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Instead of bringing the matter to a conclusion once and for all, in the interests of those individuals who have lost their pensions, the Government have
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embarked on the tortuous process described by the hon. Lady. It has not satisfied the pensioners who have lost their pensions, it has not brought the matter to a conclusion, and it has led to a series of very critical reports on the Government—first from the parliamentary ombudsman, then from the cross-party Public Administration Committee, then from the European Court of Justice and then from the judicial review group. Sadly, it is only through that process of criticism of the Government that we have managed to proceed to a settlement considerably better than that first envisaged in 2004-05.

I do not really know why we in the Opposition are so intent on helping the Government out of their position. Let me say in the most partisan possible terms that what the Government have succeeded in doing over the past three years almost constitutes a master class in how to extract the least possible credit from the largest possible number of concessions.

I spoke earlier about the implementation of the financial assistance scheme and the two substantial increases that we have seen. Another concession has been made today—a helpful concession, I think, although we do not yet understand all the parameters—in new clause 25, which allows the inclusion of solvent schemes. But does any Member, including the Minister, seriously believe that we have seen all the concessions that we will see from the Government? As the hon. Member for Cardiff, North suggested, they may be forced to make more concessions through the legal process; moreover, those in another place will have to scrutinise the Bill, and given the cross-party nature of what we are debating today, I strongly suspect that they will insist on changes.

The Government have spoken of the unions’ aspiration in relation to the Pension Protection Fund. It is unclear whether they share that aspiration, but amendments tabled by the Leader of the Conservative party, the leader of the Liberal Democrats, the right hon. Member for Birkenhead (Mr. Field) and others contain many proposals that the Government say they are considering in any case. It seems pretty plain that—either through the Government’s being forced to make more concessions, or as a result of policies that they have already put on record—we will end up more or less where those amendments would take us.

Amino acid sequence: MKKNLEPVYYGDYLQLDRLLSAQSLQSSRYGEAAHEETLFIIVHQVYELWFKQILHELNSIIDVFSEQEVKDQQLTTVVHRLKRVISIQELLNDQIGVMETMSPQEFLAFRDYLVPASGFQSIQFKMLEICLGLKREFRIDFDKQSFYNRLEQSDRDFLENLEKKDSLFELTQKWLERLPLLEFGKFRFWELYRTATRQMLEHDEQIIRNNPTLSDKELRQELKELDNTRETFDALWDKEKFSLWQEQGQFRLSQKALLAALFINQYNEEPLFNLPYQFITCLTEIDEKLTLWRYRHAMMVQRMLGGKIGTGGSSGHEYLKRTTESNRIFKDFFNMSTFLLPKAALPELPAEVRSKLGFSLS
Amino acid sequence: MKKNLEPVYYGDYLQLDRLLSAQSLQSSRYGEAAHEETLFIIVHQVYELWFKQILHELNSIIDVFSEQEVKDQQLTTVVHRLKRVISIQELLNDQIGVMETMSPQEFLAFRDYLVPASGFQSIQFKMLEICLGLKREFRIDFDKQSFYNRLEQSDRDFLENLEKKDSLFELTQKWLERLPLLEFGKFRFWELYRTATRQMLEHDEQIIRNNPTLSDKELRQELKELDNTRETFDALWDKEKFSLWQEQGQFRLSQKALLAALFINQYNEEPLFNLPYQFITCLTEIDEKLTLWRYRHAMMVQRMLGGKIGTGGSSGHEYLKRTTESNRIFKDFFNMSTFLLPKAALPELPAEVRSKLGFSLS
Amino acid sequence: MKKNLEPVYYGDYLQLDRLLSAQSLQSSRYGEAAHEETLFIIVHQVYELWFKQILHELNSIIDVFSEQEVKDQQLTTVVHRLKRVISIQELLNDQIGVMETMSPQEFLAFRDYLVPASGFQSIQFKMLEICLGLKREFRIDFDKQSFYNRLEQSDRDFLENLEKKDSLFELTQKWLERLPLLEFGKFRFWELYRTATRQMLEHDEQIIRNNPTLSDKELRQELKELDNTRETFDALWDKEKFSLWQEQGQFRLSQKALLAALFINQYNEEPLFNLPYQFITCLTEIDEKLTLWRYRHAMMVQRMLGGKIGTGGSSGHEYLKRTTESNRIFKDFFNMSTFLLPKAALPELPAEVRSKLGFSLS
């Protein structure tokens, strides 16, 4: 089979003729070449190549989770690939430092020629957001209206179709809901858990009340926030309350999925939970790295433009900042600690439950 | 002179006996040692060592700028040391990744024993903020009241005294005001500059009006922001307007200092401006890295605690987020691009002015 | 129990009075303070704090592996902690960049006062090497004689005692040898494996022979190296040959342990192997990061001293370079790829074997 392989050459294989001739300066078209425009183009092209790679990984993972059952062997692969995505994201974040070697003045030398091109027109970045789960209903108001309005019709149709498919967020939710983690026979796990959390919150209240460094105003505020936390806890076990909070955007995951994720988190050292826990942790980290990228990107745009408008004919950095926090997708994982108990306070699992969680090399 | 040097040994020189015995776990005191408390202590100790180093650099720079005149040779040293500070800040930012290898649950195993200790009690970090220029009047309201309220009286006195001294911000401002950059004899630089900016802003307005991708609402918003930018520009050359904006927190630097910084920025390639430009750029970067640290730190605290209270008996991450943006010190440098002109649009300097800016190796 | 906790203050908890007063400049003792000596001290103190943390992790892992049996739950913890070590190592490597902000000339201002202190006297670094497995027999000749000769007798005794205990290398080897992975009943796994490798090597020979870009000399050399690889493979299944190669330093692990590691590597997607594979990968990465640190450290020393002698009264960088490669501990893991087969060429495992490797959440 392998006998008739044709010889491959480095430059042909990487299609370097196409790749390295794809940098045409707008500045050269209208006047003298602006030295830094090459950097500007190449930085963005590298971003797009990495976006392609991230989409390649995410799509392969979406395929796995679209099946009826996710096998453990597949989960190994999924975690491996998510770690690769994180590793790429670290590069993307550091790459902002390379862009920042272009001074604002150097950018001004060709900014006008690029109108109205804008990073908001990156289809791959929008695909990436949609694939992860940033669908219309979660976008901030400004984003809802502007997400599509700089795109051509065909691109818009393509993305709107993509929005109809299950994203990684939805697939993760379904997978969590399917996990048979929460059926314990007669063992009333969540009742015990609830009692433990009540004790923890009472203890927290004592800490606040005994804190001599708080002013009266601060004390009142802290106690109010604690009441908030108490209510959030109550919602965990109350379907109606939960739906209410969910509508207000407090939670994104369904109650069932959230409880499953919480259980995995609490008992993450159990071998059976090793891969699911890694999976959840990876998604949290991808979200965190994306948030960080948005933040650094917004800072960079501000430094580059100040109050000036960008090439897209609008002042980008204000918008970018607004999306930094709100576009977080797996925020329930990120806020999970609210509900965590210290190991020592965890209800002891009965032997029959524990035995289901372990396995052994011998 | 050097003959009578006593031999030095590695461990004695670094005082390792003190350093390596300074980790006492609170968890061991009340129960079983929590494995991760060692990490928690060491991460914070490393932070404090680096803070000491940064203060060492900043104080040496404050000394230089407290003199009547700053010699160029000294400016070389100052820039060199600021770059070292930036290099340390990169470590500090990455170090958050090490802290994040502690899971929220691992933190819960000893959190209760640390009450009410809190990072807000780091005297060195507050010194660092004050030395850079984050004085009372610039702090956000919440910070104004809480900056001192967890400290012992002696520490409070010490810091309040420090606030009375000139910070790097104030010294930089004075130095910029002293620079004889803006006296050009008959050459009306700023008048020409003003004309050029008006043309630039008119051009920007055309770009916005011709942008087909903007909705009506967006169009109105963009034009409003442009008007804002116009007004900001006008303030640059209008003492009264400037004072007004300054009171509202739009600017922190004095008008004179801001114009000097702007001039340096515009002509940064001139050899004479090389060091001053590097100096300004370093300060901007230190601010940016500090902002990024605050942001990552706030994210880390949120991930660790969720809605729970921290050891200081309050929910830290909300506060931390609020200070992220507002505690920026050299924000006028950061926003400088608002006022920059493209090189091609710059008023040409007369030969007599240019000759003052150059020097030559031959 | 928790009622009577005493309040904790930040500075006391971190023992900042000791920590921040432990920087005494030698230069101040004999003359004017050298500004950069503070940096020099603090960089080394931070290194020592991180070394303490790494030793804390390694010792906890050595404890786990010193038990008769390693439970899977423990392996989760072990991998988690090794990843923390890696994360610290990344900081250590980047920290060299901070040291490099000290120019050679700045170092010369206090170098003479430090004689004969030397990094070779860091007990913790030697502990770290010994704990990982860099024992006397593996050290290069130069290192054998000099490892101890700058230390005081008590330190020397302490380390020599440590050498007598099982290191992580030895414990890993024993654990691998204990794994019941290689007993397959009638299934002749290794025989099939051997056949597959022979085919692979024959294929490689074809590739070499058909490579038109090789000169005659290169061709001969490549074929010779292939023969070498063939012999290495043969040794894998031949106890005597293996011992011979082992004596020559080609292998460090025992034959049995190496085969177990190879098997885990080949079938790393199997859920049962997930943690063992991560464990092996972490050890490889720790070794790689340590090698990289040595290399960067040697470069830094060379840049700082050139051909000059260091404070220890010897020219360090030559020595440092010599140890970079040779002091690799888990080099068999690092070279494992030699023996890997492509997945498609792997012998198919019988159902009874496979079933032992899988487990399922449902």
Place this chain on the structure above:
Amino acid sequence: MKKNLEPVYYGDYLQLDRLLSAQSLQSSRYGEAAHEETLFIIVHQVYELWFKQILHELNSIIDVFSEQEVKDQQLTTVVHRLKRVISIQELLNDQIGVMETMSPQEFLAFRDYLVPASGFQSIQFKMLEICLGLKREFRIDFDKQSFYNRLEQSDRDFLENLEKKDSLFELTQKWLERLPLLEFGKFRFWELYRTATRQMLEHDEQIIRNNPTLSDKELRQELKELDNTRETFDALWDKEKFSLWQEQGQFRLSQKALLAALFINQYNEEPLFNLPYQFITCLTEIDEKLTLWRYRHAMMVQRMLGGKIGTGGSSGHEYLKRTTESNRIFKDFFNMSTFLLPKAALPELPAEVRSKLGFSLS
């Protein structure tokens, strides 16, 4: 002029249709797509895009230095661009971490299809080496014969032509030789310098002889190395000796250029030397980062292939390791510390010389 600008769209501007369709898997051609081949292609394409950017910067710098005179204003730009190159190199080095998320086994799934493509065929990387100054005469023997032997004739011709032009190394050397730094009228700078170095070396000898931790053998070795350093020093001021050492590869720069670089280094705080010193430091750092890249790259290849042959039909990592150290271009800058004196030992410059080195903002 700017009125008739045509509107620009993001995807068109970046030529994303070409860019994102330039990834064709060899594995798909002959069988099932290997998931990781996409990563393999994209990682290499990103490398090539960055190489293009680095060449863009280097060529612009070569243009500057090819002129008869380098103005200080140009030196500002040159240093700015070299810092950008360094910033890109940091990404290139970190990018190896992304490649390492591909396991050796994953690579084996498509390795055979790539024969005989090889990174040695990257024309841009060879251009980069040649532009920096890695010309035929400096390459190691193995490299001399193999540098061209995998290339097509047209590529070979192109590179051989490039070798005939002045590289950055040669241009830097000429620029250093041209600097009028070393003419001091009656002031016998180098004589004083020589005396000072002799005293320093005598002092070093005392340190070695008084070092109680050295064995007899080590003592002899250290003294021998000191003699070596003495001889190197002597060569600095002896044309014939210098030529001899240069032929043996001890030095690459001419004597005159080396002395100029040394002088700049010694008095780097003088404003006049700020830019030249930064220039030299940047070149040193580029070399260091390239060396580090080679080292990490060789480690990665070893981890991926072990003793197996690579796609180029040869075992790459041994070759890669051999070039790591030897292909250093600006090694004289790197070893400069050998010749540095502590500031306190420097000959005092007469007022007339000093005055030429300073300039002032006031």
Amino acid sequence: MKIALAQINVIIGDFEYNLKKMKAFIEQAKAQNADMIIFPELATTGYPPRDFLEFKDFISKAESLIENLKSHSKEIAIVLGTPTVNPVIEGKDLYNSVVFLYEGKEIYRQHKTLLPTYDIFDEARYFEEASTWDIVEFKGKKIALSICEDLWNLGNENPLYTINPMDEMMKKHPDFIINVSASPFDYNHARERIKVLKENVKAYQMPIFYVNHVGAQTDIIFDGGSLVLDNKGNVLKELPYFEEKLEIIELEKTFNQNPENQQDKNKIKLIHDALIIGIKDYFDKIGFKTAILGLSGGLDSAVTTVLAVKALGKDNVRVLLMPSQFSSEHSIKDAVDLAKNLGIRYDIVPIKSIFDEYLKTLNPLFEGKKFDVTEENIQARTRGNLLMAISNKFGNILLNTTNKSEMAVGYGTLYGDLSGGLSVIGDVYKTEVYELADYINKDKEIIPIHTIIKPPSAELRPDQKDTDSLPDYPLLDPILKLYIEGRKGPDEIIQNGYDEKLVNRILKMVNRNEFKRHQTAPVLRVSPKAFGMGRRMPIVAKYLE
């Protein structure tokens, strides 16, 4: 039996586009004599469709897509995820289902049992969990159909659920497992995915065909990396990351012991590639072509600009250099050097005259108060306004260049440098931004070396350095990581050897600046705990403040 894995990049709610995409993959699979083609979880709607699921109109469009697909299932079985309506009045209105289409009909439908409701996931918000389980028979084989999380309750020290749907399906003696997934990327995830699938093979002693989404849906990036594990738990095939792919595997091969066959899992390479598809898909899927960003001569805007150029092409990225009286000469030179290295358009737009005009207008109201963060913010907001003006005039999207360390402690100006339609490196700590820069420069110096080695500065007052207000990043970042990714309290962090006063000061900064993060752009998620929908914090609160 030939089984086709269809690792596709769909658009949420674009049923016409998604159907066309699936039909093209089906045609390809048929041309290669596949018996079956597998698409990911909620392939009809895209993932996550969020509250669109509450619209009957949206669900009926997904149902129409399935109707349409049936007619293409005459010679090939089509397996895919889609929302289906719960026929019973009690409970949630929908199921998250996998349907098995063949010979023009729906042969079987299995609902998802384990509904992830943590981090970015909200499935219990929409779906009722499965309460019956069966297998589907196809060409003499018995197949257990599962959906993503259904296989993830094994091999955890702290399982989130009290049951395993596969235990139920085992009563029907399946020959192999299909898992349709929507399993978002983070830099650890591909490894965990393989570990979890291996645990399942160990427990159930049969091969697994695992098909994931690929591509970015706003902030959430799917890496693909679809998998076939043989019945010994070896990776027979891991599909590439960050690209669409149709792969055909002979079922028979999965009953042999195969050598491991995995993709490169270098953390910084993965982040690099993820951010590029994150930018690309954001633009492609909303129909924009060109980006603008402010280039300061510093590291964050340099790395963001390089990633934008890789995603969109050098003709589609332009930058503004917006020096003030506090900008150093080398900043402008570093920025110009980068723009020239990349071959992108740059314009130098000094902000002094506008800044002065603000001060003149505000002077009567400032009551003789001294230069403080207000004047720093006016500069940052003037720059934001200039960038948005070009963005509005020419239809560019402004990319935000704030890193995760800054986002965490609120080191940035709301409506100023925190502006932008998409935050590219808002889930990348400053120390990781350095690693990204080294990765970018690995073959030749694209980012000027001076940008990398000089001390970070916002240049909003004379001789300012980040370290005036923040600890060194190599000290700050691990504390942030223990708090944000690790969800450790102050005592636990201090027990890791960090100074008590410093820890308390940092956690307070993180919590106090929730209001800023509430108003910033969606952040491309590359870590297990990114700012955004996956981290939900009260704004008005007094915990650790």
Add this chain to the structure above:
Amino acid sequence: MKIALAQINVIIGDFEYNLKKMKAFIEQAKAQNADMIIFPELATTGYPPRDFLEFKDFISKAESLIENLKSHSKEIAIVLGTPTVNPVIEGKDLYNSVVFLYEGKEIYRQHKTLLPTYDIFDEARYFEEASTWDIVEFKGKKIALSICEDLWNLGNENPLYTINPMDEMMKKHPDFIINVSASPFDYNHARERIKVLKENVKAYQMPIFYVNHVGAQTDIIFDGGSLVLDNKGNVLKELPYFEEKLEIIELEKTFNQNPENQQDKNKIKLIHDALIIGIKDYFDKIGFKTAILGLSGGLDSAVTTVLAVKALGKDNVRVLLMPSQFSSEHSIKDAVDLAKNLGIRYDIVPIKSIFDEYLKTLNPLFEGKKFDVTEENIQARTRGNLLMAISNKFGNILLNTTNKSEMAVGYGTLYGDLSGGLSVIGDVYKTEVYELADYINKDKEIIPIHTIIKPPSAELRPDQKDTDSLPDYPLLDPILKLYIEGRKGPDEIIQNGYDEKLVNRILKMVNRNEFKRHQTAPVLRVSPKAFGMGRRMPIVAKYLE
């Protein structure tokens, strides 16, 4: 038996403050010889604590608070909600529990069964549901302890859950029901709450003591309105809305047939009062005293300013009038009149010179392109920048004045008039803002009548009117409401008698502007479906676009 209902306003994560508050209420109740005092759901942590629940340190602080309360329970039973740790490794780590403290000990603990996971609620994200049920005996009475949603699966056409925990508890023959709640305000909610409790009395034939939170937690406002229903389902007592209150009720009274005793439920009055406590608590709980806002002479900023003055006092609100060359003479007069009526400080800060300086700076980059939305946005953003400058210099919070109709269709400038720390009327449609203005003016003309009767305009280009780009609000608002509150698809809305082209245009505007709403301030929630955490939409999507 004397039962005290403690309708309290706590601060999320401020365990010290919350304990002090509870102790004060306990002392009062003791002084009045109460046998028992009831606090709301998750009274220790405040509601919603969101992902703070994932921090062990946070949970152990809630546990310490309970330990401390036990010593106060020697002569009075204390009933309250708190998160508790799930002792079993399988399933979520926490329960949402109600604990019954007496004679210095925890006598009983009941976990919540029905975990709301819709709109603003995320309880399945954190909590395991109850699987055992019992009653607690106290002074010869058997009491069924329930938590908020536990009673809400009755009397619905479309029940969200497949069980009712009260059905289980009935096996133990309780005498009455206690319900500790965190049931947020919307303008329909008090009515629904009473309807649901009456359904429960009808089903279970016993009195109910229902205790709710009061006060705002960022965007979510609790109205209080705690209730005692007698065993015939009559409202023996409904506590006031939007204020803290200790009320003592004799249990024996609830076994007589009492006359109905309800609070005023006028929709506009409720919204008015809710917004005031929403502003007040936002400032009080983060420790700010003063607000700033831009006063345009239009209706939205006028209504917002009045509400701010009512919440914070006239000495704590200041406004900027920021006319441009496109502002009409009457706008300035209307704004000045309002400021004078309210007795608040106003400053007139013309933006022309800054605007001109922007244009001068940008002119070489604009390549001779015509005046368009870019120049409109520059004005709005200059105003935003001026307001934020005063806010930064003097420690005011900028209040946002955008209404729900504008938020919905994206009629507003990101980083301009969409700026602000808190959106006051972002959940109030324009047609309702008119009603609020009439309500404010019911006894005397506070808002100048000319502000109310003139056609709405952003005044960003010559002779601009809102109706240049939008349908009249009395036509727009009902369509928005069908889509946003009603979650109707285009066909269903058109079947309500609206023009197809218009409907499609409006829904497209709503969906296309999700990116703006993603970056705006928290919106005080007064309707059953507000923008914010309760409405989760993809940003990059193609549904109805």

Why, for goodness’ sake, do the Minister and the Government not do what now seems inevitable? Why do they not deliver for the pensioners—many, as we have heard, in a very vulnerable position—who are waiting for the compensation that is due to them? Having initially been told by the Government that no compensation was possible, over the past three years they have witnessed the tortuous process of the Government’s conceding more and more without bringing the matter to a conclusion. Labour Members and others in the House would do a service to the Government as well as to pensioners if they were to bring it to a conclusion today, and not allow it to be dragged out any longer.

Mark Pritchard: The hon. Gentleman is right. The Government mean well; it is just a matter of how we achieve what we all want. A second Pensions Bill is likely to be presented next year, and it is possible that
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there will be a review whose recommendations could be included in it. It might be even later than this summer before anything is done for those who face immediate hardship.

Mr. Laws: That is true. Many of us fear that people will have to wait even longer for a solution the shape of which looks obvious to most of us, and which we feel we might as well get on with delivering rather than putting those people through more pain. Moreover, many Members in all parts of the House fear that if we miss this opportunity, we may not have another opportunity to impose a sensible solution on the Government through the will of the House of Commons and, perhaps, that of another place.